|Trade names||Chemet, others|
|CompTox Dashboard (EPA)|
|Chemical and physical data|
|Molar mass||182.21 g·mol−1|
|3D model (JSmol)|
|Melting point||125 °C (257 °F)|
Dimercaptosuccinic acid (DMSA), also called succimer, is a medication used to treat lead, mercury, and arsenic poisoning. When radiolabeled with technetium-99m, it is used in a number of types of diagnostic testing. A full course is 19 days of medications by mouth. More than two weeks should pass before a second course is given.
Common side effects include vomiting, diarrhea, rash, and low blood neutrophil levels. Liver problems and allergic reactions may also occur with use. Whether use during pregnancy is safe for the baby is unclear. Dimercaptosuccinic acid is in the chelating agent family of medications. It works by binding with lead and a number of other heavy metals, allowing them to leave the body in the urine.
Dimercaptosuccinic acid has been used medically since the 1950s. It is on the World Health Organization's List of Essential Medicines, the most effective and safe medicines needed in a health system. In the United States, no generic version was available as of 2015. A course of treatment costs more than US$200 (about $6.63 per 100-mg pill). In India, it costs about $1.24 per 100-mg pill.
Dimercaptosuccinic acid is indicated for the treatment of lead poisoning in children with blood level measured above 45 µg/dl. The use of DMSA is not approved for prevention of lead poisoning in anticipation of exposure in known lead-contaminated environments. Its elimination half-life is 2.5–3.5 hours. DMSA can cross the blood–brain barrier of mice, but not that of humans, limiting its use to extracting heavy metals from parts of the body other than the central nervous system.
DMSA facilitates urinary excretion of lead, and with sufficiently aggressive treatment, can reduce lead content in the brain. It also increases urinary excretion of copper and zinc. DMSA improved cognitive function in rats that had been exposed to lead, but reduced cognitive function in rats that had not been exposed to lead.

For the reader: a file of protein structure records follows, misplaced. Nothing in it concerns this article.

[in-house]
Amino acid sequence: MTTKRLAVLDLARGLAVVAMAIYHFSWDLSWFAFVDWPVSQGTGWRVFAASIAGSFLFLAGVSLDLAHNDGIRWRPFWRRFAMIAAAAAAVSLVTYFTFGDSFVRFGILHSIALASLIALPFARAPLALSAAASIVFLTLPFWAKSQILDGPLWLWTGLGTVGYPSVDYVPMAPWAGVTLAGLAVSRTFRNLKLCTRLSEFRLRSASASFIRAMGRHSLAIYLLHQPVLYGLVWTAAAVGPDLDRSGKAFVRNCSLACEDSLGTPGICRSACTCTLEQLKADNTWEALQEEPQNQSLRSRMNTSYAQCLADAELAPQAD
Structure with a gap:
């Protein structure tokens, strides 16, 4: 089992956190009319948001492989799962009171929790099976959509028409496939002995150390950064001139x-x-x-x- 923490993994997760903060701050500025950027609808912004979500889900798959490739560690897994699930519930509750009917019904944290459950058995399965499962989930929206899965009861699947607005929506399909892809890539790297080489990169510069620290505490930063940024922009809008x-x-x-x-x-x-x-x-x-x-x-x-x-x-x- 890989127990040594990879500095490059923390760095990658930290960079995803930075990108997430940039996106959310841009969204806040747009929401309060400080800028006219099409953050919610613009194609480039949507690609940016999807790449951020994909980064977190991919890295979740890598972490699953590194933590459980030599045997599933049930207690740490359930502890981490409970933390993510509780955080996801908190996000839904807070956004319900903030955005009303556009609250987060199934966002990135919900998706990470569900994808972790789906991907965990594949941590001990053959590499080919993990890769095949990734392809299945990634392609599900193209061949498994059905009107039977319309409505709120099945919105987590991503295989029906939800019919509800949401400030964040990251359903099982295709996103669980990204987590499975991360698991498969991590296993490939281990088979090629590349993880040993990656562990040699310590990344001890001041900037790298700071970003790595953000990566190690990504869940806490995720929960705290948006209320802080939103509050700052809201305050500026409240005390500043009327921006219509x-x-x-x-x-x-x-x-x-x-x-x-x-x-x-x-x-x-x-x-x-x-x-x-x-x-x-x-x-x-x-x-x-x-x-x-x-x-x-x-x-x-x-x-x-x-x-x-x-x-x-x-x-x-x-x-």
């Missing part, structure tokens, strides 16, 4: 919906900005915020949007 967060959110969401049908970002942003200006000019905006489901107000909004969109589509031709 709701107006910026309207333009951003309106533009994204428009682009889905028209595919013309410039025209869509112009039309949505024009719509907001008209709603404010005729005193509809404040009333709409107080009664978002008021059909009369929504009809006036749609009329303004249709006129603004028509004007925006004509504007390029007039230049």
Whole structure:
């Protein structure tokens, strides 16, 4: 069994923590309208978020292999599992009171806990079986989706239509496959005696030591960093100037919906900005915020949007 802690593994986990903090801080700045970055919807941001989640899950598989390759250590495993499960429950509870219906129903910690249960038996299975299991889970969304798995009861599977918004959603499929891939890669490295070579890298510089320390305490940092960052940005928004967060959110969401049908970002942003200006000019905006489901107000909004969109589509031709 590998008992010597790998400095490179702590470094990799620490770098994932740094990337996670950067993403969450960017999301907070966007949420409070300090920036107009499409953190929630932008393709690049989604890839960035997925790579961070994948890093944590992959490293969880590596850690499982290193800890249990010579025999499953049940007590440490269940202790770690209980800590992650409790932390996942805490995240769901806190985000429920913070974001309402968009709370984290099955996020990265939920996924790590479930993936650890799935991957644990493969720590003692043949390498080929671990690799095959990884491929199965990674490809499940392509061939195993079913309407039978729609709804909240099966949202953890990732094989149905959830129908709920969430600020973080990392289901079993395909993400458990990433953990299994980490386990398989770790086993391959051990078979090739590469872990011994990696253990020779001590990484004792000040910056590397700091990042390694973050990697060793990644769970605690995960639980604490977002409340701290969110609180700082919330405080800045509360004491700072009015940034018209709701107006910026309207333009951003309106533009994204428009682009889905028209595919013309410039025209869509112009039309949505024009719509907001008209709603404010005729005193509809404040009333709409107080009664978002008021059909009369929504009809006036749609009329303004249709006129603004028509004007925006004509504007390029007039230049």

The relative activities of a series of novel monoalkyl esters of meso-2,3-dimercaptosuccinic acid (MiADMSA) have been examined as agents for the mobilization of cadmium, lead  and arsenic  owing to the ability of these monoesters to cross cell membranes. The monoesters were found to be more effective than the parent compound DMSA. The complexes (monoesters of DMSA) seem to penetrate cells (not possible in the case of DMSA), which helps in targeting intracellular sites in the body and aids in the removal of toxic metal ions in the cytosol and organelles inside the cell.
It is the organosulfur compound with the formula HO2CCH(SH)CH(SH)CO2H. This colorless solid contains two carboxylic acid and two thiol groups, the latter being responsible for its mildly unpleasant odour. It occurs in two diastereomers, meso and the chiral dl forms.
The 2,3-dimercaptosuccinic acid molecule has two stereocentres (two asymmetric carbons), and can exist as three different stereoisomers. The 2S,3S and 2R,3R isomers are a pair of enantiomers, whereas the 2R,3S isomer is a meso compound and thus optically inactive.
Preparation and reactivity
Meso 2,3-dimercaptosuccinic acid binds to "soft" heavy metals such as Hg2+ and Pb2+, mobilizing these ions for excretion. It binds to metal cations through the thiol groups, which ionize upon complexation.
DMSA was first synthesized by V. Nirenburg in the Urals Polytechnic Institute, commissioned by one of the electrical enterprises of Sverdlovsk, which consumed many tons of mercury and was looking for a medicine to prevent poisoning of personnel. In 1957, Chinese scientists found that DMSA can effectively treat antimony poisoning due to overdose of tartar emetic. Pronounced protective effect in animal poisoning with arsenic and mercury was first shown by I. Okonishnikova in 1962. In 1984, the now-defunct Bock Pharmaceutical Company requested the FDA grant approval for orphan drug status under the trade name Chemet and the FDA approved of this in 1991, providing exclusivity until 1998 which was conveyed to the successor Sanofi in 1996.
- 2,3-Dimercapto-1-propanesulfonic acid
- Chelation therapy
- DMSA scan
- Mercury poisoning
- Succinic acid
- Tartaric acid
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